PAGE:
Bout barred from calling out of US jail, meeting relatives for 2 months - lawyerWorld August 23, 4:57
Russia marking day of defeat of Nazi forces in world’s biggest-ever armor operationSociety & Culture August 23, 3:18
Ukrainian president briefs other Normandy Four leaders about his trip to DonbassWorld August 23, 2:23
Normandy Four leaders support expected ceasefire in Ukraine — KremlinRussian Politics & Diplomacy August 23, 0:27
Russia beggining development of response to new anti-Russian sanctions by USRussian Politics & Diplomacy August 22, 23:14
Investigators claim to have enough evidence to prove Serebrennikov guilty of fraudRussian Politics & Diplomacy August 22, 21:35
Washington tries to use events in Khan Shaykhun to justify its strike on Syria — MoscowRussian Politics & Diplomacy August 22, 21:31
Egypt to receive 15 Russian 'Alligator' helicopters in 2017Military & Defense August 22, 19:57
Christophe de Margerie LNG tanker covers Northern Sea Route in record 6.5 daysBusiness & Economy August 22, 19:32
MOSCOW, June 7. /TASS/. The Constantinople Patriarchate is seeking to establish dictatorship in relations with the thirteen national (local) Orthodox Churches as it turns down the proposal of the Russian Orthodox Church to hold an emergency conference in the run-up to the Pan-Orthodox Council, which is scheduled to convene on the Isle of Crete on June 19, deacon Vladimir Vasilik, an Assistant Professor at St. Petersburg State University told TASS.
He said it in the wake of reports on a communique wherein the Ecumenical Patriarchate of Constantinople said the dates of the Council would remain unchanged and the preparations for it would go on as planned, in spite of June 1 warning by the Bulgarian Orthodox Church that its representatives would not attend the assembly in Crete.
Refusal by at least one national (local) Church to take part in the assembly will strip it of the status of the Great and Holy All-Orthodox Council.
Moscow Patriarchate came up with a proposal to convene an emergency Pan-Orthodox Pre-Council Conference before June 10 where the authorized representatives of the Orthodox Churches could discuss the situation on the eve of the historic Council and the ways of untangling it.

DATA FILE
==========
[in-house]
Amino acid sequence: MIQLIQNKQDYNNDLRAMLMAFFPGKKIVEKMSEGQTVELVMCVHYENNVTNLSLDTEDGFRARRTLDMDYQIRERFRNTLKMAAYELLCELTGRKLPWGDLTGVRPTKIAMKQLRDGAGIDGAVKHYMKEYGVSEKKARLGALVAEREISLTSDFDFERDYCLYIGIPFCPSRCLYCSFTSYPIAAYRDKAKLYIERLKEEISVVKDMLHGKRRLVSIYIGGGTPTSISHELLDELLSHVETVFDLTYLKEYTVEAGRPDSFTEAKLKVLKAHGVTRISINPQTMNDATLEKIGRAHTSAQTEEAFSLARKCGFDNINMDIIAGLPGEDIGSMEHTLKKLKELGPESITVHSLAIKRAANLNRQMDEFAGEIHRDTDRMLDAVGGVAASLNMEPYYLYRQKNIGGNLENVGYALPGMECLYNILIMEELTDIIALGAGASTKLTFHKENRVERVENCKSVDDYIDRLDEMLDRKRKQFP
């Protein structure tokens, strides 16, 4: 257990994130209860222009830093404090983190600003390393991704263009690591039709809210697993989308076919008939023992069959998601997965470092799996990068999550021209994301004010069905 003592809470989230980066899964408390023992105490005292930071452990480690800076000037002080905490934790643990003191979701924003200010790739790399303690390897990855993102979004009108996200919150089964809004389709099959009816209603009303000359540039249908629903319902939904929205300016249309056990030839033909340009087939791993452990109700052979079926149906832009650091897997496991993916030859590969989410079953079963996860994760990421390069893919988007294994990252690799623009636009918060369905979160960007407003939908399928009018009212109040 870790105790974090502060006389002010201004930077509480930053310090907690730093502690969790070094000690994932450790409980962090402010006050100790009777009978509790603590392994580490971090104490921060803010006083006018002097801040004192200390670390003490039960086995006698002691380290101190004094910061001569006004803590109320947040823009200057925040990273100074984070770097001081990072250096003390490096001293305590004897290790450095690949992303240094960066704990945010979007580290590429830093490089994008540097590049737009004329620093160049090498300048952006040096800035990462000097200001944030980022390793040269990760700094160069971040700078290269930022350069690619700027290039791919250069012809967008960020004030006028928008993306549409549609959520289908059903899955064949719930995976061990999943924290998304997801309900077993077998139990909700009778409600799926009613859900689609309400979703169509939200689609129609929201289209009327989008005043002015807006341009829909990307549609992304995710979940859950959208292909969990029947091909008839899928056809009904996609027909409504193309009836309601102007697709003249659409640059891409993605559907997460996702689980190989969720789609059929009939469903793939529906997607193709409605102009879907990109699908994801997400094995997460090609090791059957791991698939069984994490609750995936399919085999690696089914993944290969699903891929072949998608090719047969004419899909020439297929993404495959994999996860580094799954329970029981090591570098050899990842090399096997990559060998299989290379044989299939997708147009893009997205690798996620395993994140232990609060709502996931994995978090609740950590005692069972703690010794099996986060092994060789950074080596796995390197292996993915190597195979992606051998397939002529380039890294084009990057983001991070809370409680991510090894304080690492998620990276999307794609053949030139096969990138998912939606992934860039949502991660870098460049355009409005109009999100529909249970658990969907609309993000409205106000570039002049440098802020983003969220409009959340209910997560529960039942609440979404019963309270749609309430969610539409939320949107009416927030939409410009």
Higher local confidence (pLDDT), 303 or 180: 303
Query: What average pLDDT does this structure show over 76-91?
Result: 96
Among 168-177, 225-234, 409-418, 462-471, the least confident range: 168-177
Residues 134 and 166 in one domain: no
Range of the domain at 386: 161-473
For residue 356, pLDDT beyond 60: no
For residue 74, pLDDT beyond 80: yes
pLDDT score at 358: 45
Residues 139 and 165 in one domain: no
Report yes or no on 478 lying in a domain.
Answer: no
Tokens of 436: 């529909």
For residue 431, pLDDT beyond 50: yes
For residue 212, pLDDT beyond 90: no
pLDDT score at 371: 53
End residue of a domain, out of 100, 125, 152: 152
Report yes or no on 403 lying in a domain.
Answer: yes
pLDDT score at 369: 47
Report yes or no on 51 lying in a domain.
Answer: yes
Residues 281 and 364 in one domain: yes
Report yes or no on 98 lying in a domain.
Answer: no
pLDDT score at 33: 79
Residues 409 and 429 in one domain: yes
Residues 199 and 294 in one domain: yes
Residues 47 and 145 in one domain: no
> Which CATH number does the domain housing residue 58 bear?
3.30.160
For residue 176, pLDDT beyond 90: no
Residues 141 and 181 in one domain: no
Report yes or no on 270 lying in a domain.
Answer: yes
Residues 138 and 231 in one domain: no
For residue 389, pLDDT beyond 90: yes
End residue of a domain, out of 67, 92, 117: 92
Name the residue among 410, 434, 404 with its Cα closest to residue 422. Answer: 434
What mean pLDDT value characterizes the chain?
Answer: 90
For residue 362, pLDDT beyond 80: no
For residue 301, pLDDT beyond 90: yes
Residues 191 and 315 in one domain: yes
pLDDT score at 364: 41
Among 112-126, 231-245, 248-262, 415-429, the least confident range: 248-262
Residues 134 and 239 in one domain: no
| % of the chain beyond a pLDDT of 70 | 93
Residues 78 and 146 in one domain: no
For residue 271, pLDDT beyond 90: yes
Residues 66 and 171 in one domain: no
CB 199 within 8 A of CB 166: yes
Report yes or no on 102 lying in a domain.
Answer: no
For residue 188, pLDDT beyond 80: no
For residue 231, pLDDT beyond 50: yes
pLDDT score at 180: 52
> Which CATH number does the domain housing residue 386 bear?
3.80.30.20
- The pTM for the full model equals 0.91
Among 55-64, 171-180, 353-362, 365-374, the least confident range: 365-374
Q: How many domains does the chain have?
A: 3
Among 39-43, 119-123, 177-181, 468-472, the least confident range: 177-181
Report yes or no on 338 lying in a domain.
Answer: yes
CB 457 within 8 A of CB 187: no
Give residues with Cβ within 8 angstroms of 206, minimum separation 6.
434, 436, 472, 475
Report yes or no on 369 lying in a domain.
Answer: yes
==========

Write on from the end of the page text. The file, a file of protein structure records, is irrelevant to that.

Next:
"Constantinople (Patriarchate) is called upon to do an urgent correction of errors on the threshold of the Council and these calls have come not only from us but also from the Bulgarian and Antioch Churches and from the assembly of monks of the Holy Mount Athos," Dr. Vasilik said.
"But still the Constantinople bureaucrats display mulish obstinacy as they look down on their brethren and feel reluctant to change anything," he said. "By doing so they contravene the plenitude of the Orthodox Church and demonstrate their desire to establish dictatorship of the Constantinople Patriarchate."
Dr. Vasilik, who is a historian, said his latter postulation is also proved by Constantinople’s conviction it has the power to convene Pan-Orthodox Councils.
"It craves the right to establish an overarching jurisdiction, the right to grant or to withdraw autocephaly, which means in fact the governing of any Orthodox Church," he said. "The Constantinople Patriarchate that was great once upon a time, that guarded the Orthodox faith and enlightened many nations has turned into a roost of freethinking, liberality and misconceptions, which it obstinately refuses to relinquish."
"An all-round scrutiny of the Church documents (that are to be endorsed by the Pan-Orthodox Council - TASS) has shown many of them are half-baked, unrefined, poorly conceived and failing to express either or dogmatic or the canonical tradition of Orthodoxy," Dr. Vasilik said.
"What we are left to do in this situation is to pray for avoiding a new split, for perishing this Council and for a re-emergence of the global Orthodox Christianity out of all this in unity and cohesion," he said.
The Holy and Great All-Orthodox Council, preparations for which started as far back as in 1961, is supposed to become the fullest and most authoritative assembly of top clerics of the Orthodox Christian world in almost a thousand years. Each of the fourteen national (local) Orthodox Churches is expected to delegate 24 high-rank representatives there.
Problems sprang up in the course of final preparations for the assembly recently, with the Bulgarian Orthodox Church saying its clerics will not attend the Council, since more preparations are needed.
Reports in the Russian media said the Bulgarian Church has objections against the contents of certain basic documents the Council is due to endorse. The Georgian Orthodox Church, too, has voiced objections against the documents on Christian marriage and the contemporary mission of the Church.
Moscow Patriarchate said in the wake of the situation it would make sense to hold an emergency Pan-Orthodox Pre-Council Conference before June 10 where the current turn of the situation could be considered and the participants could scrutinize the amendments the national Churches had made for the basics documents prepared for endorsement.